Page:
Configuring the most common things you might want to do on a local server, like running a mail server, is a simple matter of setting up an app from the package center, Synology’s internal software repository. Adding more storage — and selecting the desired RAID configuration — is a matter of slotting drives into available bays and then picking one of the available options. Synology NAS devices are a powerful but user-friendly alternative to running your own local backup server. Consider my mind changed.
Speaking of backups, here are the various tools I tried out for the purpose of backing up my Linux desktop. I’ll make note of what tools they are replacing too.
Grsync is a basic graphical user interface (GUI) frontend to rsync. Finding the NAS on my network to set it as a destination for the run process was not particularly difficult. Using pcmanfm, LXDE’s built-in file manager, I simply looked at what was available on the network and was then able to navigate into the NAS and retrieve a list of all my shared volumes.
While grsync is a nice frontend for easily running rsync jobs, it lacks some key features which I needed to make it a viable replacement for Timeshift which is my current basic snapshotting tool of choice for my desktop. Most presciently, I couldn’t find a scheduling functionality. I already use MSP360™ (CloudBerry) Backup for Linux for pushing offsite backups of my Linux desktop to the cloud. So I thought it only logical to check out whether I could set up a network device as a backup destination.
Setting this up was simple: I just added the NAS as an SFTP share (and as I mentioned earlier rsync, SSH, and several other protocols aren’t enabled on the Synology by default — so make sure to enable these before trying to initiating backups to it over the LAN).
After telling Cloudberry what not to backup, I had created a full disk backup to the NAS running over the local network. Unlike grsync, I could put this on schedule. Like rsync, it only backs up changes. Several backup plans can be set to run at different time intervals in order to create several snapshots / restore points just like Timeshift.
Of course, the rsync command-line interface (CLI) and cron is all that is truly needed to get a basic backup strategy in place. As with the other approaches, you can opt to take a variety of full snapshots — and you can also create incremental and differential backups by using the –compare-dest option. Synology uses RAID to bundle the connected storage media into one logical device. So the only thing I had to remember was the syntax [email protected]::StorageVolume/path. As in:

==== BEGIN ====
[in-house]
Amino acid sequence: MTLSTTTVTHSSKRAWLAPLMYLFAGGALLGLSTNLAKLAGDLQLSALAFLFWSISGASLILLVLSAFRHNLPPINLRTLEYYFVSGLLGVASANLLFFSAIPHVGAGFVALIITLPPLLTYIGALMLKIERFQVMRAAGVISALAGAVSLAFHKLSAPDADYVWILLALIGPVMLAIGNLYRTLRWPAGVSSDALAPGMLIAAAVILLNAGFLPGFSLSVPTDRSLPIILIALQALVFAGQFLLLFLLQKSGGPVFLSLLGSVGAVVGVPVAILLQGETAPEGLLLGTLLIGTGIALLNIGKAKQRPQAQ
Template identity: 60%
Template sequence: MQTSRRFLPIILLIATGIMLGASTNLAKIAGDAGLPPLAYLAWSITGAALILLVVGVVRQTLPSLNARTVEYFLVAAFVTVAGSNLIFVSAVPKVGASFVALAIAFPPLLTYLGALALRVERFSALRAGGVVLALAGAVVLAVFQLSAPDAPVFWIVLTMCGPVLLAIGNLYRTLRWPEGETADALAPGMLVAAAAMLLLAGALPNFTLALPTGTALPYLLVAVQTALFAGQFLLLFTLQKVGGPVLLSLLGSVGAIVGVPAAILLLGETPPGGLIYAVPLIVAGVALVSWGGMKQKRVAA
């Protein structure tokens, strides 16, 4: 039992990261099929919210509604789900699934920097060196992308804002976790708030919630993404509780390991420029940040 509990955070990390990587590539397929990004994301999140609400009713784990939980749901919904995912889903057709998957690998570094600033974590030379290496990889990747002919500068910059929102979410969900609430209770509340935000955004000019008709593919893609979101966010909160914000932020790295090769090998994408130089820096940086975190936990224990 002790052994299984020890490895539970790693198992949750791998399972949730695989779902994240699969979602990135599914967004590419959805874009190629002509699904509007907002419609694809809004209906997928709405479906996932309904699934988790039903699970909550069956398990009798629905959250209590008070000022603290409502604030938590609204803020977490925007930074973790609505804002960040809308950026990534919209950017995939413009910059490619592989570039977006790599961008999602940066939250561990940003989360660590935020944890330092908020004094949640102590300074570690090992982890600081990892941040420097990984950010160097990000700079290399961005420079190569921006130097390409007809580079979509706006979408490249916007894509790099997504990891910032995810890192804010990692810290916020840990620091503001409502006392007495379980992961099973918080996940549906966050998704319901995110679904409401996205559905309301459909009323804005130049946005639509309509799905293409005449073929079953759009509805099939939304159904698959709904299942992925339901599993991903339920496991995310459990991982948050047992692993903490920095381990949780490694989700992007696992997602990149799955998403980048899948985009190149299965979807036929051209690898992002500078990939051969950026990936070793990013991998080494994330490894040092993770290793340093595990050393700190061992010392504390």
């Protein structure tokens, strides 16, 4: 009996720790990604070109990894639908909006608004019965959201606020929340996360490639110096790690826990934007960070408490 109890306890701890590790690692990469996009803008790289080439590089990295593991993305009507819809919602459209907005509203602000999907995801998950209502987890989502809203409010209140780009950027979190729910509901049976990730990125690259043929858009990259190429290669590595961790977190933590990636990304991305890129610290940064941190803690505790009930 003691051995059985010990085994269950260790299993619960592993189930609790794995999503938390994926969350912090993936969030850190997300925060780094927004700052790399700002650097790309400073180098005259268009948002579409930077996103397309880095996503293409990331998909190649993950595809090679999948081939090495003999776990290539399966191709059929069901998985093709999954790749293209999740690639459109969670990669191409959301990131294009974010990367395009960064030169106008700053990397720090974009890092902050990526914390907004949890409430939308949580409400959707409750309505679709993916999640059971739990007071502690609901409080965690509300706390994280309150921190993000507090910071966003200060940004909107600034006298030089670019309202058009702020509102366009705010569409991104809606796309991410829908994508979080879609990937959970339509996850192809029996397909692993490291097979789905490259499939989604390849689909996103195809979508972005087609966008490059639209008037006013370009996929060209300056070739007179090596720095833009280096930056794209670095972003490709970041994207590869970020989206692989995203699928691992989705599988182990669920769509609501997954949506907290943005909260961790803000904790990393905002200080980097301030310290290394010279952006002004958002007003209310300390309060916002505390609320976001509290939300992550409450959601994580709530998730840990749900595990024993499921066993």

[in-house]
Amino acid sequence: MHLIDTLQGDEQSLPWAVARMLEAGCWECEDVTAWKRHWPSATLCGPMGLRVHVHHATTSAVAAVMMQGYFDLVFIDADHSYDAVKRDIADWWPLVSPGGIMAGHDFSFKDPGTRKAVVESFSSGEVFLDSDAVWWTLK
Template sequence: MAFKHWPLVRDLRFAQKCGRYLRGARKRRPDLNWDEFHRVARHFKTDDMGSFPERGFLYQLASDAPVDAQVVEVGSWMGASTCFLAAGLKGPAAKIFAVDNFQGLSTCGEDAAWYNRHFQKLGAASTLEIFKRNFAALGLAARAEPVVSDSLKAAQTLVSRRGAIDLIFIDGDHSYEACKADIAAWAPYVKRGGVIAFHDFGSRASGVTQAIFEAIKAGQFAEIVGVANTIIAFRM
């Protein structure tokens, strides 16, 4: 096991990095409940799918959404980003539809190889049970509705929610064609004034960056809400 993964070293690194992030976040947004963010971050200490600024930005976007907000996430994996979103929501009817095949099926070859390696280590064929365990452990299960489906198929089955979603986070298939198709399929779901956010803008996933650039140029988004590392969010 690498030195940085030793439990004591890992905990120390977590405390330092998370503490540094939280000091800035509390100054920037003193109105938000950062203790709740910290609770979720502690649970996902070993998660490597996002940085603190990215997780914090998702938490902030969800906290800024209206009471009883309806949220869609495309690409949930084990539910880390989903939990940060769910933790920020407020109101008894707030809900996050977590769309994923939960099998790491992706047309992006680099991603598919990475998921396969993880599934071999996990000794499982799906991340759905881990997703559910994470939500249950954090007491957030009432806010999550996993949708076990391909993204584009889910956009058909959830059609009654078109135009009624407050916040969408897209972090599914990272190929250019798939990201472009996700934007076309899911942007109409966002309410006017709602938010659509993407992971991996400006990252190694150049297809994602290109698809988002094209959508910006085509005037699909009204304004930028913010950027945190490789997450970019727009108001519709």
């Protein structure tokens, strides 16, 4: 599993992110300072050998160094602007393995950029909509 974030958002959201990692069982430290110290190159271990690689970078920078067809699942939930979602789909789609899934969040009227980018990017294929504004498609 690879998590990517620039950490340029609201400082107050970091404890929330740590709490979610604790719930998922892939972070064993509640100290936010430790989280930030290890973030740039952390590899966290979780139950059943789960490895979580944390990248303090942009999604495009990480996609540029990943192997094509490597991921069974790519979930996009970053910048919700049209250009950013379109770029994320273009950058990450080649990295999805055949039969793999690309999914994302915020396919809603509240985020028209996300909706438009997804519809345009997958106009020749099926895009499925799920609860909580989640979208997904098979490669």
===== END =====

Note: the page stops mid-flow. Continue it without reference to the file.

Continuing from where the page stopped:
sudo rsync -av / [email protected]::LinuxDesktop/
Users can create weekly and monthly snapshot folders and run rsync jobs between these on the NAS itself (advantage: computer needn’t be on). To set up crons, look for the ‘Task Scheduler’ icon from within DSM:
Also Read: Top 5 Best Linux Distros For Laptop
Alternative: Bare Metal Disk Imaging with Clonezilla
A good backup approach will often combine incremental backups for fast restore ability and a harder / bare-metal tool like Clonezilla for restoring the system when things have really gone astray.
Clonezilla is perfectly well-equipped to handle a NAS device as a remote destination.
It can create backup images, over the LAN, to:
- An SSH server
- A SAMBA server
- An NFS server
All these protocols are supported by the NAS — although, as mentioned, they first need to be enabled.
As before, I created a separate backup volume in order to keep these backups separate. This process can effectively replace storing Clonezilla images on my drive.
A Total Linux Backup Solution
Of course, grsync, Cloudberry, and Clonezilla are only three of many backup tools for Linux. Unfortunately, my favorite first-line defense against data loss (Timeshift) doesn’t support network remotes at this time, but the tools I used should be more than enough to allow you to run a solid strategy designed to mitigate the threat of data loss. Using NAS sacrifices on some of the flexibility inherent in running your own server. But I found that the convenience more than made up for that.
For more photos from the unboxing process, please visit my Medium page.